Sunday, November 26, 2006

Lafayette Crosses: Size Matters

In today's San Francisco Chronicle, we are informed that the Lafayette City Council will try to educate the public about the town regulations on the size of any sign which is not a memorial.

Residents of the usually quiet Contra Costa County city are expected to stage a lively debate regarding the merits of the display at a City Council meeting Monday evening, even as council members say their concern is limited to the proper size of the sign accompanying the white crosses.

"People are going to be able to talk about their feelings about free speech," Mayor Ivor Samson said. "(And) to express their view that you have a protest that's being carried out on the backs of our dead soldiers. You're going to hear all of that Monday evening."

The crosses and a sign reading "In Memory of 2,867 U.S. Troops Killed in Iraq" have sparked strong reactions since they were erected earlier this month on a hillside overlooking the Lafayette BART Station and Highway 24.

The city gave memorial organizers a Nov. 20 deadline to take down the sign or replace it with a smaller one that conforms to signage rules. The organizers decided to keep the sign in place because they consider it to be part of the memorial, not just a public sign.

"Lafayette officials said the crosses are legal because city law exempts memorial and historic markers from the rules that restrict where signs can be erected and how big they can be. But they say the sign must conform to regulations, which call for nothing larger than 4 square feet -- roughly the size of a real estate for-sale sign. The memorial sign is about 64 square feet...Monday's meeting may disappoint some people who want resolution one way or the other to the larger issue of whether the memorial is appropriate, City Councilwoman Carol Federighi said.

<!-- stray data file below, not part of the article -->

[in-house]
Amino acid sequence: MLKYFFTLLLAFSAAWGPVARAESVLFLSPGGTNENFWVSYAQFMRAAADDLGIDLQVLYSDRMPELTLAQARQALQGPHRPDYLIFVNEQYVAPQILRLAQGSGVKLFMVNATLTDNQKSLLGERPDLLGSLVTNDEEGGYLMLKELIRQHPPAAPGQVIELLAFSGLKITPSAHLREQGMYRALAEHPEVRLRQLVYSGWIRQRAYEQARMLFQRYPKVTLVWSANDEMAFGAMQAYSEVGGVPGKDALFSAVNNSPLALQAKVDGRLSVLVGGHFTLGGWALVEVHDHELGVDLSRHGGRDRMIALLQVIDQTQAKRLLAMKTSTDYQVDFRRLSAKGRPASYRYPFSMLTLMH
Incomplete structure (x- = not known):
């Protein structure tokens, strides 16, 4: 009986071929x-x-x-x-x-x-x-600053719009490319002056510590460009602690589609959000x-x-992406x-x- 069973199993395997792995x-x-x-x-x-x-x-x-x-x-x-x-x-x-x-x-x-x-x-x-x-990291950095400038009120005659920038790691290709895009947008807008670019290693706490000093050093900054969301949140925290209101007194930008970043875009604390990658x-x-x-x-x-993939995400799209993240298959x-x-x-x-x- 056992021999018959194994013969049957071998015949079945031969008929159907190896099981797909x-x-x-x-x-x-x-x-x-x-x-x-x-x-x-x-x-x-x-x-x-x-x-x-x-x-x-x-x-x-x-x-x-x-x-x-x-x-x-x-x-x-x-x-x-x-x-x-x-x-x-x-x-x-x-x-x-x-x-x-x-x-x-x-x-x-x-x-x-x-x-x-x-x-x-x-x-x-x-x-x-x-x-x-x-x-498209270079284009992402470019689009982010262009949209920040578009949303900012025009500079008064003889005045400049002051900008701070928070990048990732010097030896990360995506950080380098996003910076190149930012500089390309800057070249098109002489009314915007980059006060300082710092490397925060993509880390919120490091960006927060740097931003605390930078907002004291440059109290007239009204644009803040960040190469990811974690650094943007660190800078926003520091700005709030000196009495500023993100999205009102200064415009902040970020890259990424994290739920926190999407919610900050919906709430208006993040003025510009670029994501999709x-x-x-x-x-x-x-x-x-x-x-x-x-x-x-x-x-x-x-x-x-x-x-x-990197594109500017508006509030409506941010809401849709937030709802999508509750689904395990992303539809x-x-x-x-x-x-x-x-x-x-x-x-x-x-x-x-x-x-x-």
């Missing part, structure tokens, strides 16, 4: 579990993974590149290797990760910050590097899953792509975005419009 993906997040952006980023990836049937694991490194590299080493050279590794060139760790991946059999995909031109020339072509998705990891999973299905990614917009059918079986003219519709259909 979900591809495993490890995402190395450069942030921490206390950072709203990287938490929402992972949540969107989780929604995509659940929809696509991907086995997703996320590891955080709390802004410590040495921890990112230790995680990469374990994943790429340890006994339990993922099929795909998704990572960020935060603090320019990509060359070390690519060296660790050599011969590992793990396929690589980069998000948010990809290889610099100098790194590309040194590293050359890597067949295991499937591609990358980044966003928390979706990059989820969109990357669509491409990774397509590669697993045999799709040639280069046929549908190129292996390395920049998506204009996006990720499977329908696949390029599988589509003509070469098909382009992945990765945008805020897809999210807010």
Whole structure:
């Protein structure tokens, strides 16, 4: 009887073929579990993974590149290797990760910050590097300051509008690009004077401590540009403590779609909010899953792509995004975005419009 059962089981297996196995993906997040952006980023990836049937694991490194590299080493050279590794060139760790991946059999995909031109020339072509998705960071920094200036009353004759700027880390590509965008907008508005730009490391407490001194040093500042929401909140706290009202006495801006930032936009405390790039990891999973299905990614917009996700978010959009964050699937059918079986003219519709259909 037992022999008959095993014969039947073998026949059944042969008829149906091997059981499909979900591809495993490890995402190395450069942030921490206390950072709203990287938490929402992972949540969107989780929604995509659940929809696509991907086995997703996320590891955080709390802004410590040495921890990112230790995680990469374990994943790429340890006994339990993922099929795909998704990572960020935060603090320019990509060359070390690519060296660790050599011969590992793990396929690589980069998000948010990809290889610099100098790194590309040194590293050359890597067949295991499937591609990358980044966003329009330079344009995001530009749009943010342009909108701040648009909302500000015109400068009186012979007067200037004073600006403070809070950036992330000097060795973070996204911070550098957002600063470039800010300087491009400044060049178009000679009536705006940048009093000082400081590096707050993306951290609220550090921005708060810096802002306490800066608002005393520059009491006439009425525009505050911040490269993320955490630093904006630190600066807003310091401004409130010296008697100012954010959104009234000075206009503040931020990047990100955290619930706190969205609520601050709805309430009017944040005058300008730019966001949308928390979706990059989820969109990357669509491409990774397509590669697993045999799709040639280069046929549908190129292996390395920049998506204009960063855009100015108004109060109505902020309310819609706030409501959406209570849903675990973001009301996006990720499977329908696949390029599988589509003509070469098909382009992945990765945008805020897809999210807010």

Four square feet you say? That would be two feet by two feet? I thought I would take a cruise on Deerhill Road and see if there were any other signs. Sure enough I spotted this one.

Click to enlarge

Or how about this one?

Click to enlarge

Makes you wonder if, in Lafayette, free speech relating to commerce is more protected that political free speech. I don't think that is what the founders intended.

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